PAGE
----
Then Joe Weatherly was killed in Riverside, California, , and Dad had a talk with me about it. He was more open and to the point that time. He told me that he knew that he could get hurt in a race car, but he told me he loved racing "this much more than he loved me and my mother," holding his thumb and index finger about a half an inch apart. That never bothered me; my father was way too generous with his time and his love. In this conversation, Dad also told Mother and me that if anything ever did happen to him in a race car, he did not want us to stop going to races because those people were our "racing family" and they would always be there for us. Little did either of us know that, in a few months, I would need that conversation to help me through a very difficult time. And he was right; we do have a "racing family."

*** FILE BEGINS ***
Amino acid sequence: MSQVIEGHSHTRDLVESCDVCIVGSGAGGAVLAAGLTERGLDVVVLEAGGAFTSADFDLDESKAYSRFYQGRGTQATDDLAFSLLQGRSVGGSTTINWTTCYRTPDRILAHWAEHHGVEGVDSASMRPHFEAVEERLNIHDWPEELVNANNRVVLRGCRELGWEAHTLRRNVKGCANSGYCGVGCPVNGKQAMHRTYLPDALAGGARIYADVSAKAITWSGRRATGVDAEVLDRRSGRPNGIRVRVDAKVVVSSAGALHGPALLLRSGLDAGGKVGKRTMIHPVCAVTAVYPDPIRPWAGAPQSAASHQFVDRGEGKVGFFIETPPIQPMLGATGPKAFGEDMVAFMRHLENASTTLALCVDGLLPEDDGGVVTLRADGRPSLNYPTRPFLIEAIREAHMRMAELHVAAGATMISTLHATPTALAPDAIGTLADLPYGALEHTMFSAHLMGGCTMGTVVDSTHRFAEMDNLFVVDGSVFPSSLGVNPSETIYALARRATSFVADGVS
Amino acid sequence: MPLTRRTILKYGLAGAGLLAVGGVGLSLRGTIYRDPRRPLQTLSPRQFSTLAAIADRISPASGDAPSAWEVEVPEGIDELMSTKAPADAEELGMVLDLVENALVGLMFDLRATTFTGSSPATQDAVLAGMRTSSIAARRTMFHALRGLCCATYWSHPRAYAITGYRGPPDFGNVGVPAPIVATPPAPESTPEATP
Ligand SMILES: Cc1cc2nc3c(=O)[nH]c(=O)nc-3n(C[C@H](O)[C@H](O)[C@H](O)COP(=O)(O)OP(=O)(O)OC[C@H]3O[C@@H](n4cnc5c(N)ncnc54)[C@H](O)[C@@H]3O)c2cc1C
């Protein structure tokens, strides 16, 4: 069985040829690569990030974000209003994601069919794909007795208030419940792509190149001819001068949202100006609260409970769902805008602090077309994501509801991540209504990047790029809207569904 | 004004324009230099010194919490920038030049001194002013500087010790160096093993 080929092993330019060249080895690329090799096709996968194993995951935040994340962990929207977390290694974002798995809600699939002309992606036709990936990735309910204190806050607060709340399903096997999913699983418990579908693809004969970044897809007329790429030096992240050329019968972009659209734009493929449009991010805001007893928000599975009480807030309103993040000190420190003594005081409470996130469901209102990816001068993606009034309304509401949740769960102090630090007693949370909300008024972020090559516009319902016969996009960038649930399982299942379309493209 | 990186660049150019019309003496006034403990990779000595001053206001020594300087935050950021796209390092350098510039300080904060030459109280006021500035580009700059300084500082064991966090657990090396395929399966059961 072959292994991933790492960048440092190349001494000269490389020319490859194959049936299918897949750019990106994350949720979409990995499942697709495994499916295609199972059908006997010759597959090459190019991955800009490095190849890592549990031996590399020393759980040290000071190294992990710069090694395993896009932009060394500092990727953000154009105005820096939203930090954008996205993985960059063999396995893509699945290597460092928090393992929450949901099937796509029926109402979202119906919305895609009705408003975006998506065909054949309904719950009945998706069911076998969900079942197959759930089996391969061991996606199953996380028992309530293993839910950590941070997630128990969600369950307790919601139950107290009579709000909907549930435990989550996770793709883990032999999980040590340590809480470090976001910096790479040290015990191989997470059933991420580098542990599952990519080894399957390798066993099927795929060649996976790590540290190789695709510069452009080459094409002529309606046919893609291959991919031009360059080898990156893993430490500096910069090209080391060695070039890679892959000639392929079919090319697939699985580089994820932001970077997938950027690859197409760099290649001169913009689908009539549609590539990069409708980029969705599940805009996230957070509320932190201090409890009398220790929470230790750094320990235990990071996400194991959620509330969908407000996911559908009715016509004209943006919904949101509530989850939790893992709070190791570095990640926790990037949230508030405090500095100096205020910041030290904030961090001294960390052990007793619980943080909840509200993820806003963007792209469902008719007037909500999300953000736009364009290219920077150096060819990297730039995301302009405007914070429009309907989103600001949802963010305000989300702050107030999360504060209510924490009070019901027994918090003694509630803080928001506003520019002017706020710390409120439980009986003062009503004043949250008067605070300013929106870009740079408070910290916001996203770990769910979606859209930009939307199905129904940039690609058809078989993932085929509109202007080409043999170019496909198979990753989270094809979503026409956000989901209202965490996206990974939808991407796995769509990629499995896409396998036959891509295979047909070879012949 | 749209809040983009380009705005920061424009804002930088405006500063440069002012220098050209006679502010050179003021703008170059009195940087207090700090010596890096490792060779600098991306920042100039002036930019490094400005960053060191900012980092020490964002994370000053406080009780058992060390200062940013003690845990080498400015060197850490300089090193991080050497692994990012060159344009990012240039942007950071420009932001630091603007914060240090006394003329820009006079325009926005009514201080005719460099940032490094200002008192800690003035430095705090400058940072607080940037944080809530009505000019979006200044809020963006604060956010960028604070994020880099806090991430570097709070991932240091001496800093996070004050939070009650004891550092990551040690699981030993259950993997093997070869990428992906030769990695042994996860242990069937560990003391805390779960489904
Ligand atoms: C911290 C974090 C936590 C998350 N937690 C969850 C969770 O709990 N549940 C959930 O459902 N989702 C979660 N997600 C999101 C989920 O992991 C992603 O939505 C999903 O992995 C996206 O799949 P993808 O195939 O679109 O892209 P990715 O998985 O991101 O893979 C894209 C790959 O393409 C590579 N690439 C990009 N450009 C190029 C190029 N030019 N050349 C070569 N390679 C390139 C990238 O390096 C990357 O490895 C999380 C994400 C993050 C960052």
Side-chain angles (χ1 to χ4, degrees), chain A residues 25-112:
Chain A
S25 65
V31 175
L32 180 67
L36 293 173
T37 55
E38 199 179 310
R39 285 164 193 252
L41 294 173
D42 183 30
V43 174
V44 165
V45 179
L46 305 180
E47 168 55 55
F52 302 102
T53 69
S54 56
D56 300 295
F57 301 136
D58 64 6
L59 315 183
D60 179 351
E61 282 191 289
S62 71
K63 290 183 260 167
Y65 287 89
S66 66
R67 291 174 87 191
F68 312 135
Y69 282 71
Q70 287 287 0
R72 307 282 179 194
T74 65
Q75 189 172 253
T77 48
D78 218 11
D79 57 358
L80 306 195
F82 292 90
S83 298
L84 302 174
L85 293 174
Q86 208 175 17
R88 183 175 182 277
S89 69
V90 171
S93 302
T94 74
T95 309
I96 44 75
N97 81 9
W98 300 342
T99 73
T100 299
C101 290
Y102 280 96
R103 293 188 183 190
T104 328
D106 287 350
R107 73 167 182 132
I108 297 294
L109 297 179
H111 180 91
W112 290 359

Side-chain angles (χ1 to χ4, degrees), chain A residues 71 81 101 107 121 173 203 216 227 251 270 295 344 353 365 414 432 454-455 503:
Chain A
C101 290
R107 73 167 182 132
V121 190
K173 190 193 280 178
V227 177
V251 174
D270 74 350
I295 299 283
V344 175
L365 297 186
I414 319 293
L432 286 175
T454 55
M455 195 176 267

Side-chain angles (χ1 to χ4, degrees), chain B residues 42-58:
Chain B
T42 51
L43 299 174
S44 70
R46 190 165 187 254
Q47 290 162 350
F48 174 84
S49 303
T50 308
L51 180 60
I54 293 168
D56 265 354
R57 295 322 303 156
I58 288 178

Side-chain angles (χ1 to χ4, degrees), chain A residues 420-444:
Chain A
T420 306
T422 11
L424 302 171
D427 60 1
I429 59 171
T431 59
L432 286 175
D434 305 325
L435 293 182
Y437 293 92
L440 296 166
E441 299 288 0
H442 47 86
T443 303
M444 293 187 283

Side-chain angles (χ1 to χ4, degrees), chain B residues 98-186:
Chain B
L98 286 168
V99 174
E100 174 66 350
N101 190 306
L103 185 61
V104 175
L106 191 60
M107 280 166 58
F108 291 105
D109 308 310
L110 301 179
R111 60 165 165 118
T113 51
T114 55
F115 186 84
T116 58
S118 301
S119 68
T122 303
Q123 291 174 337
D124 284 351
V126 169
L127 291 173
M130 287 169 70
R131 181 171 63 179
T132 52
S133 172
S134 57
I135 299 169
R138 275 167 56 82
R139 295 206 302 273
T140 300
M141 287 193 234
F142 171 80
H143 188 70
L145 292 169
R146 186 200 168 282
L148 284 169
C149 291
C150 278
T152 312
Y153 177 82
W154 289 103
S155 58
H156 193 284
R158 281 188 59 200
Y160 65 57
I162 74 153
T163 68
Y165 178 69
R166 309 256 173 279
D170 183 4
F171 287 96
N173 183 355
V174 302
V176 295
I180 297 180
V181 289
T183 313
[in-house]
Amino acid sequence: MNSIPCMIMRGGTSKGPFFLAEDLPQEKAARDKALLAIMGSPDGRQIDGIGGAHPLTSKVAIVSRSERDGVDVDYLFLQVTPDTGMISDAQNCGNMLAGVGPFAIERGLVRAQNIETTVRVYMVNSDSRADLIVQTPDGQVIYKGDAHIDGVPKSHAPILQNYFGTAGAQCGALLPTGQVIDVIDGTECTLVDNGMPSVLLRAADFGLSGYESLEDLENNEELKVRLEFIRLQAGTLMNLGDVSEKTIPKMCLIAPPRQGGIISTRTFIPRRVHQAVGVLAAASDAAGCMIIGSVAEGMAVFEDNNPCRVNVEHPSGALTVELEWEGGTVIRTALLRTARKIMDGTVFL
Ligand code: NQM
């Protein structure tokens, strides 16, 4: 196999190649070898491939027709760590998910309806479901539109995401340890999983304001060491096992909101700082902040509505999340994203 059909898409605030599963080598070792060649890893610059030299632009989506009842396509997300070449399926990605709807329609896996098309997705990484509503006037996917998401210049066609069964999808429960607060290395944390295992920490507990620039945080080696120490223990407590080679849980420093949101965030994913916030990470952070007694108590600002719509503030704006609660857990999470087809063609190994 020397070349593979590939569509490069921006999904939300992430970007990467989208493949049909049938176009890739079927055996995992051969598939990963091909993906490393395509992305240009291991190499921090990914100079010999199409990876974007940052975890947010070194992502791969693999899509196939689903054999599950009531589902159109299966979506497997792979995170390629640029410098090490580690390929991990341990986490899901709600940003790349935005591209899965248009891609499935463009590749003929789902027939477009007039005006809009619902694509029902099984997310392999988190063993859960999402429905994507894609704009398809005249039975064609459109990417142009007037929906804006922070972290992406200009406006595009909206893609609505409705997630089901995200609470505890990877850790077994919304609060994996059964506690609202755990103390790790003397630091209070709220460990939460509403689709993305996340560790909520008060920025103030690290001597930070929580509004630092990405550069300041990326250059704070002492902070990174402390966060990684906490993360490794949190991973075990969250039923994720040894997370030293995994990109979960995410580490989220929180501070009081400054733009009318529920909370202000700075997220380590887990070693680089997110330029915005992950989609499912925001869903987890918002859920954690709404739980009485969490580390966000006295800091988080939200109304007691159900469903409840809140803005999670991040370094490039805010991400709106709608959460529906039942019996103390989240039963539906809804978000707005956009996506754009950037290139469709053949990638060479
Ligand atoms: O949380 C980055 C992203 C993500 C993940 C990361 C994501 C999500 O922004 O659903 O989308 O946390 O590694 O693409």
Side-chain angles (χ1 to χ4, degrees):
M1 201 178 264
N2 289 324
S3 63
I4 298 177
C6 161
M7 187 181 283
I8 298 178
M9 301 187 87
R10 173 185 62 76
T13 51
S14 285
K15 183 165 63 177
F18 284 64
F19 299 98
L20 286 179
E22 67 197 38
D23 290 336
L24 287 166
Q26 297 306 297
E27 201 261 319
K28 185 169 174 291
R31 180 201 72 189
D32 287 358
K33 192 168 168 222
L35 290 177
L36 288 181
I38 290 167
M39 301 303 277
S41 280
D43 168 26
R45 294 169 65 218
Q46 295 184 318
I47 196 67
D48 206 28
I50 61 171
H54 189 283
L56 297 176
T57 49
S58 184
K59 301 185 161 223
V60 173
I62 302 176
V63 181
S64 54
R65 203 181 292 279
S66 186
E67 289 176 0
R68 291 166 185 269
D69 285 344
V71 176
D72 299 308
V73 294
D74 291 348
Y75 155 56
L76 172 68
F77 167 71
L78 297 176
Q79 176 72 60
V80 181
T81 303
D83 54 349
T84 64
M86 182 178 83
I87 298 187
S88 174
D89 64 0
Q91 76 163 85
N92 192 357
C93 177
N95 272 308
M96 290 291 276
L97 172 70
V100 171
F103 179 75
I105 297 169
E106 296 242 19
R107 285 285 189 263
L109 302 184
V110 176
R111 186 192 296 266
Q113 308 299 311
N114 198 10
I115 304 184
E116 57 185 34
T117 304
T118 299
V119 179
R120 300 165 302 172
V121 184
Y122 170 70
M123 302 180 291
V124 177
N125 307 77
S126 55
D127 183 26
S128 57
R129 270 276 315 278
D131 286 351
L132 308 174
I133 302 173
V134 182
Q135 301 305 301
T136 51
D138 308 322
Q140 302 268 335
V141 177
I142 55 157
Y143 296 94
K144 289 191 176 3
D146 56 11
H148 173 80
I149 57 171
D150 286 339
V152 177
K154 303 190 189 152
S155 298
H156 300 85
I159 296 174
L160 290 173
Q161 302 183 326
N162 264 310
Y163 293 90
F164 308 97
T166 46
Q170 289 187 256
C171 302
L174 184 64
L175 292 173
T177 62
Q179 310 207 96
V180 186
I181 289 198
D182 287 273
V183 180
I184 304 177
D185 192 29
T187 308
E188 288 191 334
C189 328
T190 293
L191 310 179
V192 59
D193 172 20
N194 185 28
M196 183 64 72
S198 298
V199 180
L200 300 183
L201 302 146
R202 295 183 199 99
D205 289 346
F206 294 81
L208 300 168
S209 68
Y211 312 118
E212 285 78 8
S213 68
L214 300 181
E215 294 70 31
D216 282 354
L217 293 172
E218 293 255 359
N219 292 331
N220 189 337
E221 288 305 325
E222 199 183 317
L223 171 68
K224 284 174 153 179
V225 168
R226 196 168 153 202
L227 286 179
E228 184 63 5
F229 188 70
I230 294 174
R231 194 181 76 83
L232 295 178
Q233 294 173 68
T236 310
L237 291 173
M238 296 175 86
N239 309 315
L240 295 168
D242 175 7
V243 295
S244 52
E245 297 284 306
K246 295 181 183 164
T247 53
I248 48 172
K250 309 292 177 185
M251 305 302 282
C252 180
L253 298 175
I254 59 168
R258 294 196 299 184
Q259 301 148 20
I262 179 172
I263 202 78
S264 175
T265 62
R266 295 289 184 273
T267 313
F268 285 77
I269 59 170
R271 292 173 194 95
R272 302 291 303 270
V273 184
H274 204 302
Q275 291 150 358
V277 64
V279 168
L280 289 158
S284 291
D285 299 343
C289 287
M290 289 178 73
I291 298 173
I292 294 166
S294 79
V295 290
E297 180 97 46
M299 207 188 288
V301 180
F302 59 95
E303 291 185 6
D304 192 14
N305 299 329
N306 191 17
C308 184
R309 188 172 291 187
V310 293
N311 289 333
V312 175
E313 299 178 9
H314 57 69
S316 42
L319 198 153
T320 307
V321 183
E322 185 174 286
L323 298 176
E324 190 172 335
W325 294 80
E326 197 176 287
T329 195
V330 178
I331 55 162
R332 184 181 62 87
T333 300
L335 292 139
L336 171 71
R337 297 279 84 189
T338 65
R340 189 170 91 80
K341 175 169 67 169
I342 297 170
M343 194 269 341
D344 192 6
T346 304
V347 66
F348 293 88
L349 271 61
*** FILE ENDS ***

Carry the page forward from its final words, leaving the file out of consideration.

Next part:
HPP: Was Fireball Roberts passionate about Pontiacs off the track?
    PR: Absolutely yes! In 1960, Mom and Dad both got new Pontiacs. They got a new one each year through the '62 model. Dad always got a Bonneville convertible, and Mother, a Catalina convertible. I especially remember the '62s. Dad's was red with a white top, and Mother's was baby blue with a white top.
    HPP: Did you inherit a love for Pontiacs?
    PR: My first car was a Ford because Mother was still driving Fords at the time. But my second car, which was my VERY favorite, was a '70 Grand Prix, silver and black. That car and I drove up and down the Florida Turnpike most every weekend when I attended school in Miami.
    HPP: tell us about the re-creation of the #22 '62 Pontiac Fireball Roberts race car.
    PR: Mother and I didn't have anything to do with the re-creation of the '62 Pontiac. Mr. Jimmy Kellett of Laurens, South Carolina, did this all on his own. Mother and I met him in Charlotte at a car show and saw the #22 Pontiac re-creation race car for the first time. You know, the original was destroyed. We both cried when we saw it. It brought back so many wonderful memories to us both.
    HPP: Have you driven it?